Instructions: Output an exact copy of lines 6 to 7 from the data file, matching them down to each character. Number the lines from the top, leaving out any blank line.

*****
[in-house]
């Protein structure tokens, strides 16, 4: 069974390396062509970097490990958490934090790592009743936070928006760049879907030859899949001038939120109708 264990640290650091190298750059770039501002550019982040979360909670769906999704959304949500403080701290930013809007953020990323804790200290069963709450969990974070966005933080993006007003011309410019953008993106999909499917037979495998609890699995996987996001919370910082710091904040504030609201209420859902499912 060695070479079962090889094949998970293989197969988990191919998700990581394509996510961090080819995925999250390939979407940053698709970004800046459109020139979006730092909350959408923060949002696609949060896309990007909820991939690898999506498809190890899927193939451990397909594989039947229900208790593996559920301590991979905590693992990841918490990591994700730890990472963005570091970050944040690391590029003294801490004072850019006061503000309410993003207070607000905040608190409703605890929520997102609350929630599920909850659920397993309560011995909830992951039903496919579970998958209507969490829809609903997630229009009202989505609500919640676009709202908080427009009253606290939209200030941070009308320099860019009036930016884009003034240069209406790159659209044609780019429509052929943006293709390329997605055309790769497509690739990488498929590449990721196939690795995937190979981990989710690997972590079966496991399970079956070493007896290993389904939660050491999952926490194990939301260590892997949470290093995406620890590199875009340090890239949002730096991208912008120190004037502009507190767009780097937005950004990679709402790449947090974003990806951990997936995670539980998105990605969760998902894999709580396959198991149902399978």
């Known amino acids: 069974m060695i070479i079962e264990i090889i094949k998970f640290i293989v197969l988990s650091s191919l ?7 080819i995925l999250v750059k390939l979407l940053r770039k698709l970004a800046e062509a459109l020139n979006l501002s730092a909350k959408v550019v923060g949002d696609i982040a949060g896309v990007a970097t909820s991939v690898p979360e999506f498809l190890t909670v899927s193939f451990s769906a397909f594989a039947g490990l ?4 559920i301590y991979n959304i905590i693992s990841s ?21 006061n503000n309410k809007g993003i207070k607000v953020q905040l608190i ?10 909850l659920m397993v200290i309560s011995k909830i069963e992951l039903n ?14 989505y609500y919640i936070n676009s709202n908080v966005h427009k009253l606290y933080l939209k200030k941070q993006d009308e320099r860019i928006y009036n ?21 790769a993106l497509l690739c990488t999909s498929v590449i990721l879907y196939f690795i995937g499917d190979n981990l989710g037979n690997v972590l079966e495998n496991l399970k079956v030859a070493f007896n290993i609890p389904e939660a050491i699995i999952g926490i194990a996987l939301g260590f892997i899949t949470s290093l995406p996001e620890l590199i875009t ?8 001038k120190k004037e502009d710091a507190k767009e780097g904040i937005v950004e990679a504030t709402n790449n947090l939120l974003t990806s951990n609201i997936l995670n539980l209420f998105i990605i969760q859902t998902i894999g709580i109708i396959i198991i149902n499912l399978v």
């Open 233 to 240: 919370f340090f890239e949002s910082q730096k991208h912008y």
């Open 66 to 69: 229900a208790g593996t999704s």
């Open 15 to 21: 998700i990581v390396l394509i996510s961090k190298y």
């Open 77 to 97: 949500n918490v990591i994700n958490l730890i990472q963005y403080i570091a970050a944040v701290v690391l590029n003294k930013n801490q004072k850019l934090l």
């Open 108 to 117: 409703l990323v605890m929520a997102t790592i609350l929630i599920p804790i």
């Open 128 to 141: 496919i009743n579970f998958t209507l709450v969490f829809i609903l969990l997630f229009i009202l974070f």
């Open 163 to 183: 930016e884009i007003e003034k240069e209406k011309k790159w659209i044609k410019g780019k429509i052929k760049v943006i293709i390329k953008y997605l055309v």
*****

């Open 15 to 21: 998700i990581v390396l394509i996510s961090k190298y």
């Open 77 to 97: 949500n918490v990591i994700n958490l730890i990472q963005y403080i570091a970050a944040v701290v690391l590029n003294k930013n801490q004072k850019l934090l």